Pregnant? Alone? Scared? Be Careful Where You GoAugust 4, 2011 1 Comment
If you’re looking for advice about your unplanned pregnancy and you walk into a pregnancy counseling center run by a faith-based organization, you’re probably not expecting objective suggestions. But you’re also probably not expecting them to lie to you.
Sadly, a survey of 10 British centres operated by Christian and anti-abortion organizations found that most of them gave visitors factually incorrect advice and that the quality of counseling varied hugely.
Education For Choice, a pro-choice charity, sent in young women pretending to be in the early stages of pregnancy to reveal some of the centers’ strategies. Their version of advice was more akin to fear-mongering. They told women that abortion could lead to breast cancer, for example. They also displayed baby clothes and referred to the fetus as “the child” because it was a “fully-formed human life” in order to dissuade them from seeking an abortion.
That kind of behaviour isn’t just about working in accordance with your convictions. It’s manipulating desperate women to get them to do what they’re told. And it’s not only happening in England.
Legislation is being discussed in San Francisco this month to stop pro-life medical clinics from using misleading advertising in billboards and in pay-per-click Google ads that imply they offer abortion or abortion referrals, when they do neither.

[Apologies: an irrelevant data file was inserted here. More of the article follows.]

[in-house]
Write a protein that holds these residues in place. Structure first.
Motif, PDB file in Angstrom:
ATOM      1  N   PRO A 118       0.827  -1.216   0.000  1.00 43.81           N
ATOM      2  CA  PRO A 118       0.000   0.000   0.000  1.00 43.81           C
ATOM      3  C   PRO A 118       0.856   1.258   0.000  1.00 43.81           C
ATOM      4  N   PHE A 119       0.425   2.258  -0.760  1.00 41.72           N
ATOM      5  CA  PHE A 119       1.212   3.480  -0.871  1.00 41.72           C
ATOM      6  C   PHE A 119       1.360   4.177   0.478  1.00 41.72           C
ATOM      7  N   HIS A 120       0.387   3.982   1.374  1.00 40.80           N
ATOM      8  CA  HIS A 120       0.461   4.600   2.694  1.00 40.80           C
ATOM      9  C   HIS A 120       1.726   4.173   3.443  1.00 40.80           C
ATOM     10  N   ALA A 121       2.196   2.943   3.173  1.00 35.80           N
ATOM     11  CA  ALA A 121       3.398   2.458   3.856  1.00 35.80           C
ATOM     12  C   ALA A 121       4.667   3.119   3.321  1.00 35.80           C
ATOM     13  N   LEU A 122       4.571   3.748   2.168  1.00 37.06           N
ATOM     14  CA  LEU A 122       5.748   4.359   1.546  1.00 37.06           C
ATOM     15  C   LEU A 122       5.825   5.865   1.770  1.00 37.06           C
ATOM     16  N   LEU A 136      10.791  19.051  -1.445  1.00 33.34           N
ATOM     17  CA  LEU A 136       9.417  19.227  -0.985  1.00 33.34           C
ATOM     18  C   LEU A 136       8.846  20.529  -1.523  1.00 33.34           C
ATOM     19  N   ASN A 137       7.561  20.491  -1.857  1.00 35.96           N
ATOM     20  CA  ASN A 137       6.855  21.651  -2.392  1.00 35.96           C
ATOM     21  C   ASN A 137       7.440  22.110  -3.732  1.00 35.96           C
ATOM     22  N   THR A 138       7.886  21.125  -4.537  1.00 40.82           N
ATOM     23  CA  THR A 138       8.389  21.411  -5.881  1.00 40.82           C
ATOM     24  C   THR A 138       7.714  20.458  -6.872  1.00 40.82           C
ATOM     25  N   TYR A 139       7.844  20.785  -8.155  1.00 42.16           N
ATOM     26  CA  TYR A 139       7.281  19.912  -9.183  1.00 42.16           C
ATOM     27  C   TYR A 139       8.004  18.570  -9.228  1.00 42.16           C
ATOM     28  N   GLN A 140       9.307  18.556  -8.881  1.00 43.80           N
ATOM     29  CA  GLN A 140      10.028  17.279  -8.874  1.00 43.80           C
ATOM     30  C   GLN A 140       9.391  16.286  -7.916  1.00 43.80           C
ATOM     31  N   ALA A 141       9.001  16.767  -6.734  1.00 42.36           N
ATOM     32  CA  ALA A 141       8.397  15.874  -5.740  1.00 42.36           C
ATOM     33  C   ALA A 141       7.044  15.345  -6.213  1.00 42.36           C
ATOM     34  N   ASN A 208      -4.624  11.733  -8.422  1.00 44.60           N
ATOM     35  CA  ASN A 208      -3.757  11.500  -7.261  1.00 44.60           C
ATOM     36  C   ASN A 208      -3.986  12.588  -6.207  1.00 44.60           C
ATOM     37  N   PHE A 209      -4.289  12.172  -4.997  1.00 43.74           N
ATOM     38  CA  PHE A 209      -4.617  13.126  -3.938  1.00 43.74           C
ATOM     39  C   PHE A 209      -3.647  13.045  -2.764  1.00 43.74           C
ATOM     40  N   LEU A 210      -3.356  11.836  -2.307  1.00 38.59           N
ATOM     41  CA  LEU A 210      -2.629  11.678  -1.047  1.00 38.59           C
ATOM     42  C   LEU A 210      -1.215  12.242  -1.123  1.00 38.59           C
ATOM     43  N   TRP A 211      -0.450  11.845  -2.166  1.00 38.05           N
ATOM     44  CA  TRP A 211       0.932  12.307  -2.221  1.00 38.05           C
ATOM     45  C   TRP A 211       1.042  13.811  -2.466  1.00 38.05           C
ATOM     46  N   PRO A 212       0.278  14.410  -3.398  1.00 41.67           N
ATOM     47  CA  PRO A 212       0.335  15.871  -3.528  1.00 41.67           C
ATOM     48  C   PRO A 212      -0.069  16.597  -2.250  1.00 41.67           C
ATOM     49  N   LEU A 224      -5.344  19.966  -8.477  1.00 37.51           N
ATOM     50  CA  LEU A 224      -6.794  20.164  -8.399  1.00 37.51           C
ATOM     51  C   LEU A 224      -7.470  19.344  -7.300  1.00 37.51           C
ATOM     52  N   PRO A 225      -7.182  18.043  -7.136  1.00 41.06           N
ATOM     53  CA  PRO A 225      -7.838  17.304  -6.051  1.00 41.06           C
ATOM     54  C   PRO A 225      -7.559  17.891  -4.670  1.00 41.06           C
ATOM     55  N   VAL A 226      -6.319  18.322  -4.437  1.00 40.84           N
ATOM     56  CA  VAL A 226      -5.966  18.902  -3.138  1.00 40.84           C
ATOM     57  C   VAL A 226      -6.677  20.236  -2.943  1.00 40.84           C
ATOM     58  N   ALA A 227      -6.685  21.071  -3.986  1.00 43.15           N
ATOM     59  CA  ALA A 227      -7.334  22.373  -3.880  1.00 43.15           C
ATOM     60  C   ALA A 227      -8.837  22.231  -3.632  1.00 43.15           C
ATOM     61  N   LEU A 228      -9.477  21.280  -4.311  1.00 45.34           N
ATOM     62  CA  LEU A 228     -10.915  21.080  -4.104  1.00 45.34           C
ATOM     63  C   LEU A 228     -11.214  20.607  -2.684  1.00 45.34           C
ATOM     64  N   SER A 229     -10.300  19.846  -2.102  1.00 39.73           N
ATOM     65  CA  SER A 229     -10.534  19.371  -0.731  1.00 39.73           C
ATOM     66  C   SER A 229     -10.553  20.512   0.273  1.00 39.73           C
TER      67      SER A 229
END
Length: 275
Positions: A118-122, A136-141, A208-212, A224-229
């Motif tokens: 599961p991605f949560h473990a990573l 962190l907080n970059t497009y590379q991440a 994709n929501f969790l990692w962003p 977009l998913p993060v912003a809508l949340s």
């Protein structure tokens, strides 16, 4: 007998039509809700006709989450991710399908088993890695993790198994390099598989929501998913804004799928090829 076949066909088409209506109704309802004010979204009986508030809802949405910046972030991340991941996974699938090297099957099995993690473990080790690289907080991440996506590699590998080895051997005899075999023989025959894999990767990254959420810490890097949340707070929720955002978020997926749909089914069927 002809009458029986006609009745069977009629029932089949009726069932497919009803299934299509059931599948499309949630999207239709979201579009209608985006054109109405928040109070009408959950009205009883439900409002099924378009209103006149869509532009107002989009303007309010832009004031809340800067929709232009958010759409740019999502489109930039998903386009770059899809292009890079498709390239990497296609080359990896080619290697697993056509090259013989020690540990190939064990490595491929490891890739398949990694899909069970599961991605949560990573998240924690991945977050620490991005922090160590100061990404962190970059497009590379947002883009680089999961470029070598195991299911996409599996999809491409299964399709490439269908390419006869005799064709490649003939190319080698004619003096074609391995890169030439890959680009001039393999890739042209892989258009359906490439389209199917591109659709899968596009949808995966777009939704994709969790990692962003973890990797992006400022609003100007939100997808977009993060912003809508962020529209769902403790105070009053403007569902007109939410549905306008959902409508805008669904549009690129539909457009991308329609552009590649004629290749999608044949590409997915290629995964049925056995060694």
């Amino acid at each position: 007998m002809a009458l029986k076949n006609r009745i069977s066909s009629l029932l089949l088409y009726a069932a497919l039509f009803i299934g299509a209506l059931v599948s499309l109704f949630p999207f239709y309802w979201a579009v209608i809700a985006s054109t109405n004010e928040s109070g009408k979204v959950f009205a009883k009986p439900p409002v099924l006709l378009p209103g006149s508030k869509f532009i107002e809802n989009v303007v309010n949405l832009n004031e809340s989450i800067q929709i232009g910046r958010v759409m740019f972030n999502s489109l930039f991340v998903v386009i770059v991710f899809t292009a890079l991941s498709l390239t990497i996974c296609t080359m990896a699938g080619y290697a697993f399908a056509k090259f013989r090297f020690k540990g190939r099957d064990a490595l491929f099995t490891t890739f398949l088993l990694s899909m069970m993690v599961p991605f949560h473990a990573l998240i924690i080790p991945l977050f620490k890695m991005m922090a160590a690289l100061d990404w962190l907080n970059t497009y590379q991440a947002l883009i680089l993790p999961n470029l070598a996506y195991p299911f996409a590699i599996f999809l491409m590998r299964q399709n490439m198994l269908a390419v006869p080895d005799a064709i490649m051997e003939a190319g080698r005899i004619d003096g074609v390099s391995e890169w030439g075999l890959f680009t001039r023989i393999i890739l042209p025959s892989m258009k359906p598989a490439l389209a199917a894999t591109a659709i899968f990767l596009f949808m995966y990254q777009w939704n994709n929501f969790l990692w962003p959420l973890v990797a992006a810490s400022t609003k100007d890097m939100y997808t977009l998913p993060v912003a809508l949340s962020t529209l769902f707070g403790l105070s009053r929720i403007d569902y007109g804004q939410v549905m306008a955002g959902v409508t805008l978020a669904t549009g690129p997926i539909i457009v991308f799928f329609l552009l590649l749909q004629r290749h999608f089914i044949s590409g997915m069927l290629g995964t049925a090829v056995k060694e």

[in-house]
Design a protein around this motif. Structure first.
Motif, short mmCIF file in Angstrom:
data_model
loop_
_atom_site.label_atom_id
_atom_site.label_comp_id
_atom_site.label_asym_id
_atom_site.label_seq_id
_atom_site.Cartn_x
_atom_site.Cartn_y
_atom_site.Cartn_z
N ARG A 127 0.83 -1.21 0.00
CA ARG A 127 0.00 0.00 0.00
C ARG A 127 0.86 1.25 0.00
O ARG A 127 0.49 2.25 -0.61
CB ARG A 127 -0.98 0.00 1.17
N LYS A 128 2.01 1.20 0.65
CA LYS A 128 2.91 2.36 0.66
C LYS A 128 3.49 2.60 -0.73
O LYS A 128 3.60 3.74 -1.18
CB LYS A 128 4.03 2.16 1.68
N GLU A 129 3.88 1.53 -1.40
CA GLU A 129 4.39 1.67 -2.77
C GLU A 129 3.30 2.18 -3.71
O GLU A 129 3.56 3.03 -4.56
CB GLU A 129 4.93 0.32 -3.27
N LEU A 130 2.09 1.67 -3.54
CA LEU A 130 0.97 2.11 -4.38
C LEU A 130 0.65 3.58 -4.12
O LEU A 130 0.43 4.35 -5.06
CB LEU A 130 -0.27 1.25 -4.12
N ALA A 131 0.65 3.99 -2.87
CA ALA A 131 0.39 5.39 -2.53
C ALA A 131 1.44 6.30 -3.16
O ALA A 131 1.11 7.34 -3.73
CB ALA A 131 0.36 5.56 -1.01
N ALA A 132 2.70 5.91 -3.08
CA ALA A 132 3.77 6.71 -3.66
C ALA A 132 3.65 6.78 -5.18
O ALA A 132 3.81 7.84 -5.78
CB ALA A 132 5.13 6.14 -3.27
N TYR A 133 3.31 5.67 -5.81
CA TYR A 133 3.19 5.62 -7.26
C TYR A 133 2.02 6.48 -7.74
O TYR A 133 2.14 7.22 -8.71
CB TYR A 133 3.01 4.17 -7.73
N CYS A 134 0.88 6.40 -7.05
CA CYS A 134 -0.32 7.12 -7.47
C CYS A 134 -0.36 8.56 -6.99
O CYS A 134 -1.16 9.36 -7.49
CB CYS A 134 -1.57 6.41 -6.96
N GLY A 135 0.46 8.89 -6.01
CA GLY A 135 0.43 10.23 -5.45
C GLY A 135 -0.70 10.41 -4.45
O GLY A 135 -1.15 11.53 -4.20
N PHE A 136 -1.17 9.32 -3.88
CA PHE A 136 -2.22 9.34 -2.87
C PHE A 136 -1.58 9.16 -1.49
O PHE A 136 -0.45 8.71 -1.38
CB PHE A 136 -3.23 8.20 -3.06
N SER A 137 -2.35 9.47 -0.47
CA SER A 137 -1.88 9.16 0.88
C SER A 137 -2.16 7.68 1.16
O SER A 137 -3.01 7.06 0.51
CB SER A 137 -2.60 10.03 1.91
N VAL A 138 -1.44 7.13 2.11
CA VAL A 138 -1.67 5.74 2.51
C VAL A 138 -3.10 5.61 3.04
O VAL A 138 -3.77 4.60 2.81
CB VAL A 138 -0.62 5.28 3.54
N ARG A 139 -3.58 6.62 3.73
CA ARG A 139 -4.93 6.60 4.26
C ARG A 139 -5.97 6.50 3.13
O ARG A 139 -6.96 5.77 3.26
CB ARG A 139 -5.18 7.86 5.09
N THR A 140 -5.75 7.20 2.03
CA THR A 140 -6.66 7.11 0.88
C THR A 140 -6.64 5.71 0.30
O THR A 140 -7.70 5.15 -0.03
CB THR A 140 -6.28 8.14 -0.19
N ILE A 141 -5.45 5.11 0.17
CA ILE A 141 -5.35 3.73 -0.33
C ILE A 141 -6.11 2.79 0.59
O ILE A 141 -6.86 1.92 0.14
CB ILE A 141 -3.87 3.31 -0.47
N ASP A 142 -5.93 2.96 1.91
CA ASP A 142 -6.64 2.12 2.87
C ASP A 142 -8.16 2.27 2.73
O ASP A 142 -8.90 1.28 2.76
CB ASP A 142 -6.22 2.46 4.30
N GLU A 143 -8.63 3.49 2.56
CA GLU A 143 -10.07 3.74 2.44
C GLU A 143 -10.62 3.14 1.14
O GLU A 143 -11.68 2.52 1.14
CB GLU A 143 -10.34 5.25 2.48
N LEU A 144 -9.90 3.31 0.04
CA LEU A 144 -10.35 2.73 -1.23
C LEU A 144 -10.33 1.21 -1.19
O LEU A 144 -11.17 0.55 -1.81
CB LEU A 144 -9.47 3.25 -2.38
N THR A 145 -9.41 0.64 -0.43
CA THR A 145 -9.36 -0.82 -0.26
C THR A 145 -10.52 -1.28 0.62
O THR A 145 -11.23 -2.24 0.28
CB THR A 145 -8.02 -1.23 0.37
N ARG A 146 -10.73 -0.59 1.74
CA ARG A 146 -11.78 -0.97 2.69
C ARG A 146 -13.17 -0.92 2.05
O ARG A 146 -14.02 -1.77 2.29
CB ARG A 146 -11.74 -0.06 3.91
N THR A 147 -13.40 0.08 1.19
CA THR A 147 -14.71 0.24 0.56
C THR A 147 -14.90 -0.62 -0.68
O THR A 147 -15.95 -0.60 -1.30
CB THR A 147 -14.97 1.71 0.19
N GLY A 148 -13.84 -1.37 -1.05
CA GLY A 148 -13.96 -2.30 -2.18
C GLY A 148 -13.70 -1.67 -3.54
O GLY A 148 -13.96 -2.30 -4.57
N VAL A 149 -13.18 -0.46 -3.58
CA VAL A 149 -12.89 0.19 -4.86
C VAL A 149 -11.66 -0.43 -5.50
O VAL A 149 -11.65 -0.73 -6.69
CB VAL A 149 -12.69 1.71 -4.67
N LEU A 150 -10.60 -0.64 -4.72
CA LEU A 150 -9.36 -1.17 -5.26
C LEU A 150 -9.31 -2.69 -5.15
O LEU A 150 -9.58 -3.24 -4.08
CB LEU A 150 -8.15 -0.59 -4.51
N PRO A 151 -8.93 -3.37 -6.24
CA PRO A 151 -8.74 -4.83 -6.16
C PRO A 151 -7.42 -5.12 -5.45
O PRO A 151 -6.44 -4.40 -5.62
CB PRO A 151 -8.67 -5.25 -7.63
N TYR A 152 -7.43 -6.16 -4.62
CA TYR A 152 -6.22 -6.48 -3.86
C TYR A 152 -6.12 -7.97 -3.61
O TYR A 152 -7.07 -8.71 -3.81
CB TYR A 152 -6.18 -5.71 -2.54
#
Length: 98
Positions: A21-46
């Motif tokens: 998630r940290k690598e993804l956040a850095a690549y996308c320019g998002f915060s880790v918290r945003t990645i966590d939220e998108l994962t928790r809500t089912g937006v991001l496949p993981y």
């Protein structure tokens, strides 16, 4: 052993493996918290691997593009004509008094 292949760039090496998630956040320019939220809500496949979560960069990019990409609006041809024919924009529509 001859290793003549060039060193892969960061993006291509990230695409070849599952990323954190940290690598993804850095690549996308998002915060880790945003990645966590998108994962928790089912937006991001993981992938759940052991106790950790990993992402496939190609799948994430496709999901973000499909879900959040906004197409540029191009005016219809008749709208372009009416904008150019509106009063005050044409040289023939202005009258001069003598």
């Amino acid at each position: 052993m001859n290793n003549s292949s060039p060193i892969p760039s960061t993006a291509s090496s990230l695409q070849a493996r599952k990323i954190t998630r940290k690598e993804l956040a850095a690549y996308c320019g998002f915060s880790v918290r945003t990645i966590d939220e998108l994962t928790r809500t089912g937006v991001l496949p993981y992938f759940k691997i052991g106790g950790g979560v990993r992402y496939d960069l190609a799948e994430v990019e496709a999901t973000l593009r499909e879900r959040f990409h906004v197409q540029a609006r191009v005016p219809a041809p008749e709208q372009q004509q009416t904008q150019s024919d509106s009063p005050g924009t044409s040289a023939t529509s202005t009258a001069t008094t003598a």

One of the main organizations in the cross hairs of this new law is First Resort, which does not refer for abortion but whose advertising “implies on its ‘Abortion Procedures’ page that First Resort performs pregnancy tests and ultrasounds as a prelude to offering abortion as an outpatient procedure, or referring clients to a provider who performs abortion,” according to City Attorney Dennis Herrera.
But in July, a New York City law that would have required pregnancy centers to disclose more information about their services was blocked by a Manhattan federal court judge, on the basis that it could be a violation of freedom of speech and that the text was “unconstitutionally vague.” The law, which was signed by Mayor Michael Bloomberg, would have required these centres to “post signs in the lobbies of their counseling centres, add extensive additional written language to their advertising materials, and to provide oral statements during both ‘in person’ and telephonic conversations regarding the services offered by crisis pregnancy centres.”
Some of the crisis pregnancy centres masquerading as licensed medical facilities, even collect personal and health insurance information and offer services like ultrasounds, even though they are not actually medical facilities, according to Joan Malin, president and CEO of Planned Parenthood in New York.
That any center pretending to help women would refuse to fully state on their door or lobby what service they provide is a clear sign to me that they have something to hide. Just because people come for advice and guidance doesn’t mean they should be coerced into doing something they are not comfortable with.
As Vicki Evans, the Respect Life Coordinator of the Archdiocese of San Francisco said, “No one should be deceived. Women deserve all the facts about abortion regardless of whether they come from pro-life pregnancy centers or pro-abortion facilities.”
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